The Project Rheum

Healthy with Rheumatoid Arthritis

The Health Benefits of Ginger and Doing Nothing

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Even though spring is here and everything outside seems to be coming alive with new energy, the pain in my left hip has stopped me in my tracks. I had hoped to walk to the beach today with our dog Lola where she could run along the shore with her face to the sun chasing a stick. I love to watch Lola run, an effortless movement where all her muscles engage to push her forward in leaps and bounds. It seems as if her body is so finely built for this very reason.

But for now I’ll have to listen to my own body and hold back on our plans. For now Lola’s leash will remain in its place, hanging on the coat rack in the hallway. I have guilt when I deprive her of exercise, even though it doesn’t look like she minds. I think dogs and children are very forgiving this way. “Soon,” I tell Lola as she makes herself comfortable at my feet in the living room. She is forever my patient companion.

In recent years I may have cried over such forced stagnation and all that it implied. But today there won’t be any tears as I’m okay with the stillness that RA sometimes demands of me. It’s okay to do nothing. Nothing, what? Society has certainly lost touch with the notion of nothingness, don’t you think? But to keep life in balance it’s essential that we while away an afternoon or two (or more) every so often. After all, healing takes time and a certain amount of tranquility where there’s no pressing commitments, no deadlines, no rushing around. Just peace.

I’m giving myself permission today to stay inside and do what I can to look after myself and to help ease my pain. I’ll rest, sleep, take an Epsom salt bath, and use both hot and cold packs for my hip. And of course I’ll make homemade tea with ginger, a squeeze of lemon, and a drop of honey. It’s my go-to staple for times like these.


Do you know that ginger is a powerful anti-inflammatory? The special compounds contained in ginger known as gingerols provide relief for many people with muscular discomfort, pain, and/or swelling, especially symptoms associated with arthritis. Ginger has also been known over the centuries to alleviate gastrointestinal distress by soothing and relaxing the stomach and relieving nausea.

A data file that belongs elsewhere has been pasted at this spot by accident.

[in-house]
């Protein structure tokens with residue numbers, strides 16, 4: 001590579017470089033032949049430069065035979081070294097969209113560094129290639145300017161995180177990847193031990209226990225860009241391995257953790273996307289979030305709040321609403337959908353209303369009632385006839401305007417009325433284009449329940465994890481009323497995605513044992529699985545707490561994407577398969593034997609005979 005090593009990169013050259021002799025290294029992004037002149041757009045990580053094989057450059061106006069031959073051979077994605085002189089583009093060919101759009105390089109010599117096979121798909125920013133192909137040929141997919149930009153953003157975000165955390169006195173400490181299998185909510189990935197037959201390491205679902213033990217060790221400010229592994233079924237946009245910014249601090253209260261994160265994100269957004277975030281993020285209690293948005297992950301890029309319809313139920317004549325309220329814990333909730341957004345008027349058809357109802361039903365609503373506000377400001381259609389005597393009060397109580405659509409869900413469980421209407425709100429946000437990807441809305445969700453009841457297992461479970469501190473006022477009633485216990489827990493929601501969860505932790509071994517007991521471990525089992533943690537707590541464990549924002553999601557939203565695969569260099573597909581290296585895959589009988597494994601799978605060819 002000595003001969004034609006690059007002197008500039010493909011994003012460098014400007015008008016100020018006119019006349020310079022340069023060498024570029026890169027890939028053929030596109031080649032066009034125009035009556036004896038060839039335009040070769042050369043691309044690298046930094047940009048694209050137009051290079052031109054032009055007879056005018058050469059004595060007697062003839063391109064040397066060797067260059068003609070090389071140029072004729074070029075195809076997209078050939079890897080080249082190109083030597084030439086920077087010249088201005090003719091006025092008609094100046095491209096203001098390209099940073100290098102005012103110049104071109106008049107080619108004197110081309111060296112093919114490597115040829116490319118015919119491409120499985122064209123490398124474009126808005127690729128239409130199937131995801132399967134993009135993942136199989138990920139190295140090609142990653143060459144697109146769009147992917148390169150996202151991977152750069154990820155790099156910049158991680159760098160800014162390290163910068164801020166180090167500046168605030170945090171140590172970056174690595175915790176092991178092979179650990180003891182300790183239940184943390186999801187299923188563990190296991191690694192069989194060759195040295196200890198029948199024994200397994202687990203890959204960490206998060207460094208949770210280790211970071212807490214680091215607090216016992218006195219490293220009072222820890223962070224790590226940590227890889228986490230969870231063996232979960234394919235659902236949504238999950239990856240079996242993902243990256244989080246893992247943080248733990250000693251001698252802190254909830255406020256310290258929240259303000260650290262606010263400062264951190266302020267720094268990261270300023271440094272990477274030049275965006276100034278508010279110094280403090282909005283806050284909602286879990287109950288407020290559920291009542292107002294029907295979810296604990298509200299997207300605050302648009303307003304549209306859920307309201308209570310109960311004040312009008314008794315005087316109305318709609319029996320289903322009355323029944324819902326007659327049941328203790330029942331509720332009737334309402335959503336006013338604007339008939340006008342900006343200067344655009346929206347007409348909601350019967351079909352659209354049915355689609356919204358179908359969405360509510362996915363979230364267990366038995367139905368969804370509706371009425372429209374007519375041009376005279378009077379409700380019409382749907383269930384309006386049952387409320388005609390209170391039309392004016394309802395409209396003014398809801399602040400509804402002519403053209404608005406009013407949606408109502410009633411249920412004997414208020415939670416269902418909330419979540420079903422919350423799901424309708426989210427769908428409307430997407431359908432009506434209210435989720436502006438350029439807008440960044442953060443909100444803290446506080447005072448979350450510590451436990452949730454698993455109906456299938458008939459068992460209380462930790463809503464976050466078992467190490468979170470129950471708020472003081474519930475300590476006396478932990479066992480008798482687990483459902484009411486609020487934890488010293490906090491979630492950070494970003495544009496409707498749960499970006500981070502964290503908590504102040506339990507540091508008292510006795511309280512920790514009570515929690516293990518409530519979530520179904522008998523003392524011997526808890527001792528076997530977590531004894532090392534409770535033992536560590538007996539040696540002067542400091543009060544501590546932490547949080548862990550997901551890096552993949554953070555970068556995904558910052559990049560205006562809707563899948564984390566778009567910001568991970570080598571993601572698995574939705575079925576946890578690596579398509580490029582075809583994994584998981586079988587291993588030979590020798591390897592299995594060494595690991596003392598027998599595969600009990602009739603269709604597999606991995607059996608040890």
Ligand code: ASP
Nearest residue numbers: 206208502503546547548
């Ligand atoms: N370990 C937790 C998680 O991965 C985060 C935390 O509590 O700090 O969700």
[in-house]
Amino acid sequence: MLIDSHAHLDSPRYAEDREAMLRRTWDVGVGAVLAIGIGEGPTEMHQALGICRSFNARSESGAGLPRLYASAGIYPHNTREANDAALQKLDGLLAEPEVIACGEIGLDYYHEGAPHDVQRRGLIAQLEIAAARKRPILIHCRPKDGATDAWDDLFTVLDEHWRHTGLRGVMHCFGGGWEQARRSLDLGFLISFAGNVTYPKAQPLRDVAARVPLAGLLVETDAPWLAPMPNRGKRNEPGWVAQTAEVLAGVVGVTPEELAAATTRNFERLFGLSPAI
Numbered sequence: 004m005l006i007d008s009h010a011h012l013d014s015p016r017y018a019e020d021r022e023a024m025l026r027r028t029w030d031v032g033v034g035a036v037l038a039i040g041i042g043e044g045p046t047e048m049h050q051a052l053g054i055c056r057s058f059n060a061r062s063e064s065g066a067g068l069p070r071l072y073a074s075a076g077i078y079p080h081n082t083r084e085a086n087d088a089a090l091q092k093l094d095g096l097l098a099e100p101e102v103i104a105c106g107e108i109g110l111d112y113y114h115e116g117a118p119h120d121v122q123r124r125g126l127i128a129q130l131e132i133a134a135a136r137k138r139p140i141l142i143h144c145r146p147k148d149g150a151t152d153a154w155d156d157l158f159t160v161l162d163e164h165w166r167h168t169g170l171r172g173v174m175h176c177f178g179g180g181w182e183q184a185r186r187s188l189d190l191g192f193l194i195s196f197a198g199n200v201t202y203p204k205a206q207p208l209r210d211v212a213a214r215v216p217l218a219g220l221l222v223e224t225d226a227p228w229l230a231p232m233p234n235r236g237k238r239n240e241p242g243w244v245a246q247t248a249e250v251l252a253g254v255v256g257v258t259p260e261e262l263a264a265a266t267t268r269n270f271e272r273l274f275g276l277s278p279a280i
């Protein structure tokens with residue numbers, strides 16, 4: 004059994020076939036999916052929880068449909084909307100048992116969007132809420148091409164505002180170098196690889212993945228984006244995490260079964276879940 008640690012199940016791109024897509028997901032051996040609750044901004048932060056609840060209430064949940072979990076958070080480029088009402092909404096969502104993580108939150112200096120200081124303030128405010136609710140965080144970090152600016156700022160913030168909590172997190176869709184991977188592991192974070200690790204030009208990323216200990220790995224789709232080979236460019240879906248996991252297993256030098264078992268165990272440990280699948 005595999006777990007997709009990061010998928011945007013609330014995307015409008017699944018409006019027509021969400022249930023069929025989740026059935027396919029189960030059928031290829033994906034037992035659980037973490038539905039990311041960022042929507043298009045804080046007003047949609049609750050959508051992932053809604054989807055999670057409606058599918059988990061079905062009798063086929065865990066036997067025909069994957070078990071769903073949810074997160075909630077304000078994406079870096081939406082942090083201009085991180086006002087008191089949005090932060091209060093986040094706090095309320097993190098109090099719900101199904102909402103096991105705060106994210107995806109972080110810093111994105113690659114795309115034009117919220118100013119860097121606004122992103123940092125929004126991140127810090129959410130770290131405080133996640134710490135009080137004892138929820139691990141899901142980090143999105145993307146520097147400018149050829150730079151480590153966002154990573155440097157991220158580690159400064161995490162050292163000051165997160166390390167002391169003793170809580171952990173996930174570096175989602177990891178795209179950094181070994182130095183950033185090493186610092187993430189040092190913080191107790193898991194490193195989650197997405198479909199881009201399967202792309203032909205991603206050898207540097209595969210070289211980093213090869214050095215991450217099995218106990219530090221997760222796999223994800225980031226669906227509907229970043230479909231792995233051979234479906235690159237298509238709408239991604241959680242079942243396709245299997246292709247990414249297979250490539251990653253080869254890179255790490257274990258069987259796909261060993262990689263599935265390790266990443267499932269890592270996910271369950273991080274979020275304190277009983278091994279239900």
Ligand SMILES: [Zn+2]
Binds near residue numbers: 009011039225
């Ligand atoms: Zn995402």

Today as I’m sipping my tea, I’ll reach out to family and friends to talk about everything and anything other than my own health. Distraction is sometimes the best medicine. Who knows, maybe I’ll hear a knock on my door and someone I adore will be there holding in her hands something bright and colourful, just like spring.







Homemade Ginger Tea

¼ cup fresh ginger, peeled (unless organic) and thinly sliced
3 cups filtered water
Fresh lemon juice, a squeeze or two
Raw honey to taste

Let the water with sliced ginger come to a boil then turn down to simmer for 15 minutes. Take the water/ginger mix off the heat and let stand to cool for 5 minutes, then disregard the ginger slices. Pour into your favourite cup and add a splash of lemon and raw honey to taste. Drink when cooled to your liking.


Health Benefits of:

Ginger: Besides being a concentrated source of heart-healthy magnesium, vitamin B6, potassium, and free-radical scavenging manganese and copper, Ginger provides powerful anti-inflammatory protection.

Raw Honey: This unrefined source of sweetness is packed with natural antibiotic, antifungal and antiyeast compounds, plus enzymes, vitamins, minerals, and plant antioxidants. The peroxide content in raw honey is beneficial in healing ulcers.

Lemons: An excellent source of Vitamin C, lemons help protect our bodies against the oxidative damage caused by free-radicals. Although they’re an acidic food, they have the effect of increasing the pH balance in the body.

Cheers to doing nothing when our bodies need it and hooray to never feeling guilty about it!

In Health,



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